An iconic Scotch whisky, Lagavulin is synonymous with Islay’s signature peat. Its range spans golden pours aged in new American oak, amber single malts ideal for those presently or aspirationally wearing Shetland sweaters, and a rich, russet, sherry-aged distiller’s edition. Its celebrity fan base and pop cultural allure abet more than 200 years of history and awards.

Curious to learn more about the iconic Islay whisky? Fill your glass with these eight facts.

There are five bottles in Lagavulin’s fleet.

Its most famous is Lagavulin 16, a full-bodied single malt that clocks in at 43 percent ABV. It’s aged in oak for a minimum of 16 years (hence the name) and has massively peaty, smoky flavors, plus lingering sweetness, wood notes, and smoke on the finish. “The Lagavulin 16-year-old is a fundamental part of Islay’s whisky heritage,” writes Harry Cockburne in The Independent in December 2017. The label also makes Lagavulin Distillers Edition, which is double-matured in Pedro Ximinez casks, as well as Lagavulin 1991, and 8- and 25-year-old whiskies.

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It’s big in San Francisco.

At the 2017 San Francisco World Spirits Competition, a spirits forum founded in 2000, Lagavulin’s 16-year Scotch was named the Best Distiller’s Single Malt of 2017 and won a double gold medal, meaning it received unanimous gold-medal scores from all panelists. The 16-year also got four consecutive double gold medals between 2005 and 2008.

Speaking of superlatives…

The Glenesk Hotel in Angus, Scotland broke a world record for the largest whisky collection in December 2017. Its 2,500 bottles comprise 1,031 on the official hotel docket as well the owners’ 1,449-bottle private collection. (Sidebar: We need to meet and befriend these owners ASAP.) The most expensive pour on the list is Lagavulin 25, which retails for £248 per dram (approximately $345).

It was officially founded in 1816, but distilling started much earlier.

According to Lagavulin lore, people were making whisky on site as early as the 18th century. In 1816, one remarkably named local, John Johnston, launched the first legal distillery. In 1819, Archibald Campbell launched a rival operation. They eventually united forces and, in 1887, were collectively owned by whisky scion, Scottish Unionist, and general firebrand Peter Mackie.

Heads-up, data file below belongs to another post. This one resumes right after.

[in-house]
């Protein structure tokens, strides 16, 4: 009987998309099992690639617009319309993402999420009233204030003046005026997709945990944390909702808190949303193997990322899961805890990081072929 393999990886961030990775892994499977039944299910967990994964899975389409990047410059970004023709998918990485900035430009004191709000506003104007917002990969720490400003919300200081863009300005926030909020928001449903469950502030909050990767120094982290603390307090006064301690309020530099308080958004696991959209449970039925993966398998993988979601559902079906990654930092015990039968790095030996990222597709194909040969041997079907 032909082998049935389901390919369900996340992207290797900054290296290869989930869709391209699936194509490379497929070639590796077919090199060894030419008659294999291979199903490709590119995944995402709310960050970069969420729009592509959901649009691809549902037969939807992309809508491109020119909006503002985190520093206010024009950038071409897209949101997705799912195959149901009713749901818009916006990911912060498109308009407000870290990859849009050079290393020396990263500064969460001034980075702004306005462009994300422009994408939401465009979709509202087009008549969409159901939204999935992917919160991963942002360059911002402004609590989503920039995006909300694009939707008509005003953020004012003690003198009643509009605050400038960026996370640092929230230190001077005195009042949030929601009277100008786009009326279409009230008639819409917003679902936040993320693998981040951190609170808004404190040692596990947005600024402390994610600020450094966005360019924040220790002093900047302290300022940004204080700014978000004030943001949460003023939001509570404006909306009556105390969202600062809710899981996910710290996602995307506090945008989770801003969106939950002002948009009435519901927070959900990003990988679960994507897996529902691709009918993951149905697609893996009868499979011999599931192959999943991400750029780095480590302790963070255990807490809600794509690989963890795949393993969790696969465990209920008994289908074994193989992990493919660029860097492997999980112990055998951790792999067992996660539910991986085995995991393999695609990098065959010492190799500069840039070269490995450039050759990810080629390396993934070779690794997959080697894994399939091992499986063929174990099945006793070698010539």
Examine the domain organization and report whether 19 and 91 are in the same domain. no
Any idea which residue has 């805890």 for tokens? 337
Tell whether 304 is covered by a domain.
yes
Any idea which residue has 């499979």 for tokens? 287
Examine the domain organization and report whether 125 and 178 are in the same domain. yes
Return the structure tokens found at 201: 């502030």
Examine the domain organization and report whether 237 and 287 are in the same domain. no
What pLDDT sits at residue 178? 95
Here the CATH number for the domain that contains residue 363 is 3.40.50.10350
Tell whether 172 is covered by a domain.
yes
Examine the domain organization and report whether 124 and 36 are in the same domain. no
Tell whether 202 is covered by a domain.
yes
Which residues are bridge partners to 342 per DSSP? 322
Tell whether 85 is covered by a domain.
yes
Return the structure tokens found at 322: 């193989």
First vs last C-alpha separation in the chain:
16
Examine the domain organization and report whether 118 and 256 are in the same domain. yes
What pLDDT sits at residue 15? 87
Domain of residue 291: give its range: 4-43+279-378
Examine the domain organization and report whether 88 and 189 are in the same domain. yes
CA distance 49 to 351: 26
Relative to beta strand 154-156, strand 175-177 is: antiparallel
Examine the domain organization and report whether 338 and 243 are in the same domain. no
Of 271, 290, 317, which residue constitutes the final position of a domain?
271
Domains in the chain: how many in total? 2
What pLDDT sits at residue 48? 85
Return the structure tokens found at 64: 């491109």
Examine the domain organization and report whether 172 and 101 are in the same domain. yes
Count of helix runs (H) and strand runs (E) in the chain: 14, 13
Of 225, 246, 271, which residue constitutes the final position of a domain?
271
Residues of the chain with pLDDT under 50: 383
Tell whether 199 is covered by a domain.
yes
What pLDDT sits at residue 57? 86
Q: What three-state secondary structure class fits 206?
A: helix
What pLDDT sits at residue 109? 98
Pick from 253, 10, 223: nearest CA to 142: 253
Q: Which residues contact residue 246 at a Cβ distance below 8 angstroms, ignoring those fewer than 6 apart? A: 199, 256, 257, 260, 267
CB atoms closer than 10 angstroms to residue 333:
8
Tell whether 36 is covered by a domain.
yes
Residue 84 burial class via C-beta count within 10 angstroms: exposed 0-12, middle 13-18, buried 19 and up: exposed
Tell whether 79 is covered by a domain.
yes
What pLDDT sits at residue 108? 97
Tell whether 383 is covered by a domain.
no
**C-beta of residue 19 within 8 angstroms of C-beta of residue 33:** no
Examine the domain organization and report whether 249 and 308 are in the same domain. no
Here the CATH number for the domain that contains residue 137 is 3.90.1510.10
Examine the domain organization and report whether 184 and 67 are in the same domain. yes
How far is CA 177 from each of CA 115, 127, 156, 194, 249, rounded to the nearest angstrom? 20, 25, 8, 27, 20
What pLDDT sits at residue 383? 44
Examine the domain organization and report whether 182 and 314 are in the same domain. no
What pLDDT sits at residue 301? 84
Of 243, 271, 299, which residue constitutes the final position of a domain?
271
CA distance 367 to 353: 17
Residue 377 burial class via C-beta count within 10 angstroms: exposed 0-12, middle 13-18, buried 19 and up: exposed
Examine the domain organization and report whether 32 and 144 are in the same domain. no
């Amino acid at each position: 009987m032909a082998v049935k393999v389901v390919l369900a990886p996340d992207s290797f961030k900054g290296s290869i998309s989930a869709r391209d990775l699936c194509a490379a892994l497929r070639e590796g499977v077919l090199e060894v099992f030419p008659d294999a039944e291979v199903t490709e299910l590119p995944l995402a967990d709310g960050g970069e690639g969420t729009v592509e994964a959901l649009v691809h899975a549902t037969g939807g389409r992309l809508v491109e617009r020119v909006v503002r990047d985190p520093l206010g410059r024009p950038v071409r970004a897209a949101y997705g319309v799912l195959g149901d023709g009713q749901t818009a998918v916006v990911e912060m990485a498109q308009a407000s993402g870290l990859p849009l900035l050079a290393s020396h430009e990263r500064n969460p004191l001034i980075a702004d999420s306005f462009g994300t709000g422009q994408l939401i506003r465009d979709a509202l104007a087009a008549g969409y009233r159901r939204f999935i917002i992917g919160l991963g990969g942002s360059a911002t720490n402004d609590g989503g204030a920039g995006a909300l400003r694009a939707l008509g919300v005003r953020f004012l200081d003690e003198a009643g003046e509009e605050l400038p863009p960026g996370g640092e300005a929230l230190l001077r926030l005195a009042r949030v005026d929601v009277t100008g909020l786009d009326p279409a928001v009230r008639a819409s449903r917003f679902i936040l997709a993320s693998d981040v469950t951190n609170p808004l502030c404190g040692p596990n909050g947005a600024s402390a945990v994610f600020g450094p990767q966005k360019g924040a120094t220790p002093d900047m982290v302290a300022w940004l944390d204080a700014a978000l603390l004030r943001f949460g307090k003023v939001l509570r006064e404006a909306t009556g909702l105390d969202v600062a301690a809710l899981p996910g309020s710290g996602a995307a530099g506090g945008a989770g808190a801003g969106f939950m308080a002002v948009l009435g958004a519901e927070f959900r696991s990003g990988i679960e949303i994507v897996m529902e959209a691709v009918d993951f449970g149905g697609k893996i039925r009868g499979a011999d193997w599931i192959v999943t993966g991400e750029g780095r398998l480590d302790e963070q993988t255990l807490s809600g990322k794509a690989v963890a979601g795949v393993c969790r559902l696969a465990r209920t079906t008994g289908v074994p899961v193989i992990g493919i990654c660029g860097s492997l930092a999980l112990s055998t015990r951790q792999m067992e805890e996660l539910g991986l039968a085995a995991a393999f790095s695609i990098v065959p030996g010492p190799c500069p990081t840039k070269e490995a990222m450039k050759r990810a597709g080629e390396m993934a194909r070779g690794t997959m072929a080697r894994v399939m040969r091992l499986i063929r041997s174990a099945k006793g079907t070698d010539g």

Lagavulin pairs well with stylized American masculinity.

Nick Offerman, the mustachioed actor who famously played Ron Swanson on NBC’s “Parks and Recreation,” is an enormous Lagavulin fan. He creates limited-edition Lagavulin tableware in his L.A. wood shop, and called Lagavulin “mother’s milk” in a 2013 interview with Bloomberg BusinessWeek. He also celebrated New Year’s Eve 2016 with a dram of Lagavulin at the Islay distillery. Fictitious character Ron Swanson also loves Lagavulin 16; in the sixth season, Swanson visits the distillery, and in the series finale becomes a Lagavulin shareholder.

Music makes its heart sing.

Lagavulin releases a limited-edition whisky every year in conjunction with the Islay Jazz Festival. Last September, there were 6,000 Jazz Festival bottles available; all were matured in refill American oak hogheads and first-fill American oak. A sponsor of the festival since 2010, Lagavulin has produced a tie-in bottle every year since 2011.

Like all 8-year-olds, Lagavulin’s simply will not stop.

Launched in 2016 to commemorate Lagavulin’s 200th anniversary, and intended for limited release, the 8-year whisky is now a permanent fixture. It was created to honor Great Britain’s “most famous and first-ever whisky writer, Alfred Barnard,” Georgie Crawford, distillery manager, said in a 2017 interview. “In the late 1880s, Barnard sampled an 8-year-old Lagavulin during a visit to Islay, describing it as ‘exceptionally fine’ and ‘held in high repute,’” she says.

A literary icon described Lagavulin as something that could “be used to tar a boat.”

Lisbeth Salander, heroine of Stieg Larsson’s “The Girl Who Kicked the Hornets’ Nest,” sips Lagavulin when she finds herself bellying up to the bar at The Rock Hotel on Gibraltar. After tasting it she pushes it off, saying it resembles pitch. Hey, everyone’s a critic.